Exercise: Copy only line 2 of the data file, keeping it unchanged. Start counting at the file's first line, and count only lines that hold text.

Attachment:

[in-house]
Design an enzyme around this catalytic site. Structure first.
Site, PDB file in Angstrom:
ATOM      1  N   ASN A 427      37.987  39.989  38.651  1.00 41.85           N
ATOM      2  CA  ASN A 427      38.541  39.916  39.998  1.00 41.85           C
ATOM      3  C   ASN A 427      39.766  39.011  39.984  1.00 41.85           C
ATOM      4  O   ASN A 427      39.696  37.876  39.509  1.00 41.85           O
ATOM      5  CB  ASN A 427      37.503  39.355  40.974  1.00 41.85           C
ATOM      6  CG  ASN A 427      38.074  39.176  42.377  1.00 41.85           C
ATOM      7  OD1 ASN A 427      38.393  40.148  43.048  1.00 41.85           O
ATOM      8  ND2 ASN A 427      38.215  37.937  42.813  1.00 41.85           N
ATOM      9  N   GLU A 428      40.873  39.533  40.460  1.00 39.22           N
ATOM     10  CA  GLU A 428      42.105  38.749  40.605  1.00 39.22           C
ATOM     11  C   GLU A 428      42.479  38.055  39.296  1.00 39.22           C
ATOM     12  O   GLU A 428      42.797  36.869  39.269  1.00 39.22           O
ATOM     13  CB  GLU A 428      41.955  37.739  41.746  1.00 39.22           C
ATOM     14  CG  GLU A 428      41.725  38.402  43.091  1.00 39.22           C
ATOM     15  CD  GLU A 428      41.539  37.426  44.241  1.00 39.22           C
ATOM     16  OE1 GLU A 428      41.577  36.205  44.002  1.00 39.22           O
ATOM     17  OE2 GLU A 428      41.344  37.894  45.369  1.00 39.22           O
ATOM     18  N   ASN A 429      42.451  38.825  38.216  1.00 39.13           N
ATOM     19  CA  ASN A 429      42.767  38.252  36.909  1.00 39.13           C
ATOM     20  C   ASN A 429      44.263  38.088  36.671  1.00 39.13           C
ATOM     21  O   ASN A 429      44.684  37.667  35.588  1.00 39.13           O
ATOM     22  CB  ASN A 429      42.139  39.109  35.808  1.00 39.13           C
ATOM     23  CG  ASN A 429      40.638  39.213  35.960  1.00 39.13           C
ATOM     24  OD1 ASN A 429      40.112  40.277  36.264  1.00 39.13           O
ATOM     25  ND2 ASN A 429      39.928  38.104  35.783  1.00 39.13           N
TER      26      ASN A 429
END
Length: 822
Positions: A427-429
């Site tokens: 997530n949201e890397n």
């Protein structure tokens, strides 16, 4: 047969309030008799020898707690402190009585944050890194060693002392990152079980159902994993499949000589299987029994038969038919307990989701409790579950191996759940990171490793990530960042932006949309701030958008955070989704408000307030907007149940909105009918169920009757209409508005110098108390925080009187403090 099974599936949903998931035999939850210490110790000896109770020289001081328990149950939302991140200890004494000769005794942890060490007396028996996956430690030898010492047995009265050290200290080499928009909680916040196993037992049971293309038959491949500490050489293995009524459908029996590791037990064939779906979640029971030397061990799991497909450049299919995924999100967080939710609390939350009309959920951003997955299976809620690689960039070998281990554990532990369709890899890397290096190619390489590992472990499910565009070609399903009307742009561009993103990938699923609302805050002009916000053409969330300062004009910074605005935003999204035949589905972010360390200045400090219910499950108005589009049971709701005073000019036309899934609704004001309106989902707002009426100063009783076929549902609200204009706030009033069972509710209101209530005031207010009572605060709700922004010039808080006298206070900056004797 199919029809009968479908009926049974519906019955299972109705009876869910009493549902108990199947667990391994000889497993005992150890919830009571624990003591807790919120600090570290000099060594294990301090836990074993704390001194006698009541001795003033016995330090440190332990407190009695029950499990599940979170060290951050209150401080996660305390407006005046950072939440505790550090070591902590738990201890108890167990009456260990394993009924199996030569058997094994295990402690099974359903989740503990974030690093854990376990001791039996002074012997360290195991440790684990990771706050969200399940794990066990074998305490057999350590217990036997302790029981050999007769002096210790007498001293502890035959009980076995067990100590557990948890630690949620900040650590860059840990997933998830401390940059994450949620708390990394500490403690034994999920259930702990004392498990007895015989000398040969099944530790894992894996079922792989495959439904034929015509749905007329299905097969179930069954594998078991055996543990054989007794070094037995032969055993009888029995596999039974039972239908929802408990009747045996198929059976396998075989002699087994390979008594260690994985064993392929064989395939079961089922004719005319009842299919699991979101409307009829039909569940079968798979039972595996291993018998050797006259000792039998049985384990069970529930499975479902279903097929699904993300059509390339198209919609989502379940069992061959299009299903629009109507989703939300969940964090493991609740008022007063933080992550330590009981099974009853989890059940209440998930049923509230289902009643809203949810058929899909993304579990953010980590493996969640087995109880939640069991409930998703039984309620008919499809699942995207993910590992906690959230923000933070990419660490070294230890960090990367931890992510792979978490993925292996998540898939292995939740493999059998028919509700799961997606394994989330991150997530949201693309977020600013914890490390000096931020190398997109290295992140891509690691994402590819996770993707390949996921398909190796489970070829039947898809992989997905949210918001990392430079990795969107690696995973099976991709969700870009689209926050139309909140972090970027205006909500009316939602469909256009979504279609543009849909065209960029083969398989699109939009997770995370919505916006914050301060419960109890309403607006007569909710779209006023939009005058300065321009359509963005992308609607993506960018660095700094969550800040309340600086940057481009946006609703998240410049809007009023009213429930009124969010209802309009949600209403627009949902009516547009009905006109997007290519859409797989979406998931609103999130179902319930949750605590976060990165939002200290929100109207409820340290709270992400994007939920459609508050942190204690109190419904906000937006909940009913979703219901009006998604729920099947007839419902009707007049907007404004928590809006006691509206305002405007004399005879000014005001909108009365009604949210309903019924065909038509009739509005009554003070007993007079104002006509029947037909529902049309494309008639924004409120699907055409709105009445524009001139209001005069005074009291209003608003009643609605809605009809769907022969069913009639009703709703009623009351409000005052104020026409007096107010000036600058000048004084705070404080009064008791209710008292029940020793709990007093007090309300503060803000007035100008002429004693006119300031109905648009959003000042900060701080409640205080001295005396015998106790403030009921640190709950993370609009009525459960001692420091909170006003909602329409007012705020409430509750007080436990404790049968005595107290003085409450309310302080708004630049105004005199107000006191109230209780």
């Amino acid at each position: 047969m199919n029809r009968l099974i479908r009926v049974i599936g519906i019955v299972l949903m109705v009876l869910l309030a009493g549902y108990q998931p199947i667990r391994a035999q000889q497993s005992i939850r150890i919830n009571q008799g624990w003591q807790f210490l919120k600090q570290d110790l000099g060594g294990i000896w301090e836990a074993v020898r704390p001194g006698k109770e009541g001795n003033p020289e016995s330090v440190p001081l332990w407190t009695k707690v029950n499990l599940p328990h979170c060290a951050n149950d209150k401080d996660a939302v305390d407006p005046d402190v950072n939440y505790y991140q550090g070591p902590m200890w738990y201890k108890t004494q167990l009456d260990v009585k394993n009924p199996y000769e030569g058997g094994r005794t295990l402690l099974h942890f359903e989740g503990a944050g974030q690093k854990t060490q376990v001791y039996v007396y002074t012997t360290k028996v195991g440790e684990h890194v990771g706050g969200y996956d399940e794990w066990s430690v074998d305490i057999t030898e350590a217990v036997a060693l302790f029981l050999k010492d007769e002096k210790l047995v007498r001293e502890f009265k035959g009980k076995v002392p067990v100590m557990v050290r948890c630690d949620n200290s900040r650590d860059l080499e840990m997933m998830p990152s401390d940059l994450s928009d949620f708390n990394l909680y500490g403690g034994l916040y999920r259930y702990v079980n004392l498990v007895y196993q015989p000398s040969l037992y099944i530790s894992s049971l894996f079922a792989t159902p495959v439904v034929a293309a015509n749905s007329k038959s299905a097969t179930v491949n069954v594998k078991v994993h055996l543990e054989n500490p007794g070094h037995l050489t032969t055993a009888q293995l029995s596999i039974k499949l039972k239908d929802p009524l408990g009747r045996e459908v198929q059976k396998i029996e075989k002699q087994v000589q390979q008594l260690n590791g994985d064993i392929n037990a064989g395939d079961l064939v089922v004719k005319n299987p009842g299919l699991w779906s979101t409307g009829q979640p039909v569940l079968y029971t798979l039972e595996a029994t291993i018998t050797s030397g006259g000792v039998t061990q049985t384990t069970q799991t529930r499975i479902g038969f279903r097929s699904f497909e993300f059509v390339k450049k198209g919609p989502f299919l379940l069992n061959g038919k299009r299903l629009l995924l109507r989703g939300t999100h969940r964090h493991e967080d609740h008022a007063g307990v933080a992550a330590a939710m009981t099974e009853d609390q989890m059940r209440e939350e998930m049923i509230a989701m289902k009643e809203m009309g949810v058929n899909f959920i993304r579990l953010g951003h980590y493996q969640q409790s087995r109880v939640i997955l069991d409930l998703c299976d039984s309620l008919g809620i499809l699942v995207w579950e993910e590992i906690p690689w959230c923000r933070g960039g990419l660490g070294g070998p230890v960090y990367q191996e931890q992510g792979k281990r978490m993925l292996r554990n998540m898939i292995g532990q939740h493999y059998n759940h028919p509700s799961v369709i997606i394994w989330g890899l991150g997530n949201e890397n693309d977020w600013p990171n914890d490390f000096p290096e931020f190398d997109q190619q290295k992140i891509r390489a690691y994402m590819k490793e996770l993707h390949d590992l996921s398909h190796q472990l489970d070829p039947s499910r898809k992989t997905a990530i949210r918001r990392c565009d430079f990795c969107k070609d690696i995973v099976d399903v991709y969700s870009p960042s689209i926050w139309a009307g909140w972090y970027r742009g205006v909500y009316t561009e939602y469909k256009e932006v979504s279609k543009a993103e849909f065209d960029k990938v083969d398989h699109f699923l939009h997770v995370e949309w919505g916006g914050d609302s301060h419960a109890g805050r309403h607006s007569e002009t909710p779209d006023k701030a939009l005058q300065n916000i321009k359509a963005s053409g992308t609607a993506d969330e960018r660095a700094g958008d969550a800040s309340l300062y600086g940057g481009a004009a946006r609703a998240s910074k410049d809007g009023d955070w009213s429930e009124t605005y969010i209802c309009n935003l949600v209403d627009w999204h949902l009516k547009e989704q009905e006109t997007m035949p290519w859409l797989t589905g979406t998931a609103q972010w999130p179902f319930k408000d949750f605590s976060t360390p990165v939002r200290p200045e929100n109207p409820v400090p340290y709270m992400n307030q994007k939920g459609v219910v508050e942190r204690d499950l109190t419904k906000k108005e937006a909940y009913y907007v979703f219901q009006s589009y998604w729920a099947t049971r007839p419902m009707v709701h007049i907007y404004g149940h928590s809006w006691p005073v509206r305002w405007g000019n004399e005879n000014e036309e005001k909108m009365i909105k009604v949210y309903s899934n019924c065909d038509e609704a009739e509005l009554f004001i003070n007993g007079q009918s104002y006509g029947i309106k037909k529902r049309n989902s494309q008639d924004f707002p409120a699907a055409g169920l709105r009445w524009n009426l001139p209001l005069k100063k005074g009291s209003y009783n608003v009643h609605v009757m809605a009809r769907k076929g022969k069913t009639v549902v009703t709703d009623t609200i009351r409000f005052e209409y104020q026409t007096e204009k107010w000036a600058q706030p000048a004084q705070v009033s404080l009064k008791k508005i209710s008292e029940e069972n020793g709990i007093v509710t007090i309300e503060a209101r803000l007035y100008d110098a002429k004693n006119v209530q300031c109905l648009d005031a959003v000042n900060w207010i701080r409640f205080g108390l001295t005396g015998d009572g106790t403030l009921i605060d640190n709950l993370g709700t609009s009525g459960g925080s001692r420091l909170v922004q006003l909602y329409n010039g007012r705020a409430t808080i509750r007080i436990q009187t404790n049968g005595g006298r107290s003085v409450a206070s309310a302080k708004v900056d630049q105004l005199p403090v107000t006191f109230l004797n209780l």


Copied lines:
Design an enzyme around this catalytic site. Structure first.